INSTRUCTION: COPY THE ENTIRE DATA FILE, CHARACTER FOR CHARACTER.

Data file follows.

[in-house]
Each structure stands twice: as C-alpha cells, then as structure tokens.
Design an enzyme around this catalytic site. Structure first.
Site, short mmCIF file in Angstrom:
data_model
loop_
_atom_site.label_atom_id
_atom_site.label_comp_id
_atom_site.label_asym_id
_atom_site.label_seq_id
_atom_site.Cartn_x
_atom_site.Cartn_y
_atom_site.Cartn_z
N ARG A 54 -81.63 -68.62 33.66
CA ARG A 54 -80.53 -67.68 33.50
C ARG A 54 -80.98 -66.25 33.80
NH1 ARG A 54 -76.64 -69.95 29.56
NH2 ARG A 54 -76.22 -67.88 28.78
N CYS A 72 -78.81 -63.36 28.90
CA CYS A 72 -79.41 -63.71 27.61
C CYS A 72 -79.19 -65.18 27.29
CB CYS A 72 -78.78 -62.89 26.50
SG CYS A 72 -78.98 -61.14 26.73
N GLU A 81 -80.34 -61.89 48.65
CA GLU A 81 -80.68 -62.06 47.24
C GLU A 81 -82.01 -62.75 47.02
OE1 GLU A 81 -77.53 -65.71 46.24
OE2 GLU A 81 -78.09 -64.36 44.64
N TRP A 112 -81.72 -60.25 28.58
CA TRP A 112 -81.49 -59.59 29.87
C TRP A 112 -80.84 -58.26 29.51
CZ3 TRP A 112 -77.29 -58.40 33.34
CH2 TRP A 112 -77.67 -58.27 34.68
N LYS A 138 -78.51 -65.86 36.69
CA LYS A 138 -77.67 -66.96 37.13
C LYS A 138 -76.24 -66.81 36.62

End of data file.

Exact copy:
[in-house]
Each structure stands twice: as C-alpha cells, then as structure tokens.
Design an enzyme around this catalytic site. Structure first.
Site, short mmCIF file in Angstrom:
data_model
loop_
_atom_site.label_atom_id
_atom_site.label_comp_id
_atom_site.label_asym_id
_atom_site.label_seq_id
_atom_site.Cartn_x
_atom_site.Cartn_y
_atom_site.Cartn_z
N ARG A 54 -81.63 -68.62 33.66
CA ARG A 54 -80.53 -67.68 33.50
C ARG A 54 -80.98 -66.25 33.80
NH1 ARG A 54 -76.64 -69.95 29.56
NH2 ARG A 54 -76.22 -67.88 28.78
N CYS A 72 -78.81 -63.36 28.90
CA CYS A 72 -79.41 -63.71 27.61
C CYS A 72 -79.19 -65.18 27.29
CB CYS A 72 -78.78 -62.89 26.50
SG CYS A 72 -78.98 -61.14 26.73
N GLU A 81 -80.34 -61.89 48.65
CA GLU A 81 -80.68 -62.06 47.24
C GLU A 81 -82.01 -62.75 47.02
OE1 GLU A 81 -77.53 -65.71 46.24
OE2 GLU A 81 -78.09 -64.36 44.64
N TRP A 112 -81.72 -60.25 28.58
CA TRP A 112 -81.49 -59.59 29.87
C TRP A 112 -80.84 -58.26 29.51
CZ3 TRP A 112 -77.29 -58.40 33.34
CH2 TRP A 112 -77.67 -58.27 34.68
N LYS A 138 -78.51 -65.86 36.69
CA LYS A 138 -77.67 -66.96 37.13
C LYS A 138 -76.24 -66.81 36.62